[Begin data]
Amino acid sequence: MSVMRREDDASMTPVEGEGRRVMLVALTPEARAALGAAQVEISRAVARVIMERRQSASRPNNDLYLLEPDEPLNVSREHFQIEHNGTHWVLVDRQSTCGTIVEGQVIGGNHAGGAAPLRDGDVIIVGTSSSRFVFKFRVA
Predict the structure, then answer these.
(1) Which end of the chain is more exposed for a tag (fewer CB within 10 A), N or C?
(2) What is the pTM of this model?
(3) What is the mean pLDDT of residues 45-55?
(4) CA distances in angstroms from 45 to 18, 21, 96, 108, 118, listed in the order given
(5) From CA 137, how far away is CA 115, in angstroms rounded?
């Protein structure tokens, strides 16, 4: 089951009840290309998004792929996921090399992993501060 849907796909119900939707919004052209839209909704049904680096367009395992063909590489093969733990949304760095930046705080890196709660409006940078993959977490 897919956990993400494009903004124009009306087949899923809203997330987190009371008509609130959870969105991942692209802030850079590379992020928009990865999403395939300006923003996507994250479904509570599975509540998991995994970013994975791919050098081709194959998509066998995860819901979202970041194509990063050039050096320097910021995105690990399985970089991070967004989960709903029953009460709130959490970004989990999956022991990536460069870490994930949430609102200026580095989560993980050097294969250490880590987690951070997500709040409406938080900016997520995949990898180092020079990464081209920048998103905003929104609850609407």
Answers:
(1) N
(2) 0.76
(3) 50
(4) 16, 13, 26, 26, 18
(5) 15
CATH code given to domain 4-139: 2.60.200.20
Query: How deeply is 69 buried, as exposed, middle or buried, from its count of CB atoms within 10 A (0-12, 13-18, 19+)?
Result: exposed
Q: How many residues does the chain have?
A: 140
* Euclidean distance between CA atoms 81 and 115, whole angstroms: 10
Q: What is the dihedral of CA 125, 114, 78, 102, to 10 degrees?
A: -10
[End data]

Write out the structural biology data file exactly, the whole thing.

Amino acid sequence: MSVMRREDDASMTPVEGEGRRVMLVALTPEARAALGAAQVEISRAVARVIMERRQSASRPNNDLYLLEPDEPLNVSREHFQIEHNGTHWVLVDRQSTCGTIVEGQVIGGNHAGGAAPLRDGDVIIVGTSSSRFVFKFRVA
Predict the structure, then answer these.
(1) Which end of the chain is more exposed for a tag (fewer CB within 10 A), N or C?
(2) What is the pTM of this model?
(3) What is the mean pLDDT of residues 45-55?
(4) CA distances in angstroms from 45 to 18, 21, 96, 108, 118, listed in the order given
(5) From CA 137, how far away is CA 115, in angstroms rounded?
């Protein structure tokens, strides 16, 4: 089951009840290309998004792929996921090399992993501060 849907796909119900939707919004052209839209909704049904680096367009395992063909590489093969733990949304760095930046705080890196709660409006940078993959977490 897919956990993400494009903004124009009306087949899923809203997330987190009371008509609130959870969105991942692209802030850079590379992020928009990865999403395939300006923003996507994250479904509570599975509540998991995994970013994975791919050098081709194959998509066998995860819901979202970041194509990063050039050096320097910021995105690990399985970089991070967004989960709903029953009460709130959490970004989990999956022991990536460069870490994930949430609102200026580095989560993980050097294969250490880590987690951070997500709040409406938080900016997520995949990898180092020079990464081209920048998103905003929104609850609407």
Answers:
(1) N
(2) 0.76
(3) 50
(4) 16, 13, 26, 26, 18
(5) 15
CATH code given to domain 4-139: 2.60.200.20
Query: How deeply is 69 buried, as exposed, middle or buried, from its count of CB atoms within 10 A (0-12, 13-18, 19+)?
Result: exposed
Q: How many residues does the chain have?
A: 140
* Euclidean distance between CA atoms 81 and 115, whole angstroms: 10
Q: What is the dihedral of CA 125, 114, 78, 102, to 10 degrees?
A: -10